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Credit Reports and Background Checks

February 6, 2013 by  
Filed under Blog, Compliance, News

Credit reports have long been a part of many pre-employment background screening reports. Most often credit reports are used by employers when evaluating applicants for ‘financially sensitive’ positions (CFO, Controller, etc).  Employers might also request credit reports for applicant’s who will have direct access to company funds, or for cash handling positions or positions which provide access to sensitive consumer information such as bank accounts and social security numbers. The conventional wisdom is that an applicant who might be facing his/her own financial difficulties could: A) face more temptation than his/her co-workers to steal from the company, and B) manage company funds in the same manner he/she manages his/her own personal finances.  Granted, bad credit is not always an indication of reckless financial decisions.  Medical emergencies coupled with the lack of health insurance, divorce and other life situations can create difficult  financial burdens on otherwise responsible consumers.  Finally, credit reports can provide valuable identifiers such as names, addresses and a list of employers.  This information is often used to determine the most relevant jurisdictions and names to search for criminal records.  It is also worth noting that an employment credit report does not place a ‘hard’ inquiry an applicant’s credit file and therefore will not lower the applicant’s credit score.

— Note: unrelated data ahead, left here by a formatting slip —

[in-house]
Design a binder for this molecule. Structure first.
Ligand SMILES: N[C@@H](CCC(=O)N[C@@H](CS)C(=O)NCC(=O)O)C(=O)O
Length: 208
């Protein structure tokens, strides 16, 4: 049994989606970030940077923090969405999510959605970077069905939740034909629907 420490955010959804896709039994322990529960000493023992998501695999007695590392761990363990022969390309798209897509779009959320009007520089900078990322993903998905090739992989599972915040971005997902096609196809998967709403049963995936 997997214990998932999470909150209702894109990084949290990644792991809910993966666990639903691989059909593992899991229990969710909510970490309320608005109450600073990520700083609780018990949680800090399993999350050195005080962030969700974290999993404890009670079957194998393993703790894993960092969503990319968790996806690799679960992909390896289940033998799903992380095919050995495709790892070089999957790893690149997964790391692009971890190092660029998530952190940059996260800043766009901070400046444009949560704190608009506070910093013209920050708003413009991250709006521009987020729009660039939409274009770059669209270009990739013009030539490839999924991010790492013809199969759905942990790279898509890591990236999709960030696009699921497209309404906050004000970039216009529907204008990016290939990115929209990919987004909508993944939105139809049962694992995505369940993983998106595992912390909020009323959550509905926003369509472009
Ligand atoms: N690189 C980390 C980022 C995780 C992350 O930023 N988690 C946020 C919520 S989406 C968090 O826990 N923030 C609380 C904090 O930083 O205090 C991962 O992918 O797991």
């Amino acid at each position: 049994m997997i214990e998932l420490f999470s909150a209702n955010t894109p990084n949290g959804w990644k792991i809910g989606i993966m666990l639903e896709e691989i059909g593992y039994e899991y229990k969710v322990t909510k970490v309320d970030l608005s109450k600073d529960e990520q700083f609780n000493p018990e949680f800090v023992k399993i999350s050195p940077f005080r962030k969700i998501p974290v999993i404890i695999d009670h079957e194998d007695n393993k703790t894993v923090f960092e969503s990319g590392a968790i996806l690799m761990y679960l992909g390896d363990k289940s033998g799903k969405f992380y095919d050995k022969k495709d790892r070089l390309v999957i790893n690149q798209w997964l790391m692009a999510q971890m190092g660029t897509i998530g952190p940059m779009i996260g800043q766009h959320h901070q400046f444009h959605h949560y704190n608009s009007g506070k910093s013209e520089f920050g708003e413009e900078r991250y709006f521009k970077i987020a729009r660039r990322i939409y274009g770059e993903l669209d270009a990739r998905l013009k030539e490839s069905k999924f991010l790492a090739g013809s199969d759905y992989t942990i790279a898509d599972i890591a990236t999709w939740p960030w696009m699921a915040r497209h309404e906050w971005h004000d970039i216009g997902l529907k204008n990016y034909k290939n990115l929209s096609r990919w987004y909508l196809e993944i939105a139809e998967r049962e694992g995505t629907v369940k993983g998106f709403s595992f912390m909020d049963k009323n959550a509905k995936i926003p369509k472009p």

Recent legislation in many states have essentially prohibited the use of credit reports in the pre-employment screening process.  The following states either restrict or prohibit the use of credit reports in the pre-employment screening process: CA, CT, HI, IL, MD, OR, WA, VT.  This means an employer located in any of the aforementioned states, or an employer requesting a background check report on a current resident of any of the aforementioned states should refrain from requesting a credit report in a pre-employment background check.  Furthermore, an employer in California, or an employer requesting a credit report on a current California resident must disclose the reason for requesting a credit report; these reasons include: Executive Exemption, State Dept. of Justice, Law Enforcement, Required by Law, Access to PII, Financial Transactions, Confidential Information, Access to 10K+ Cash.  An employer in California or requesting a background check on a resident of California may not request a credit report for any other reason.

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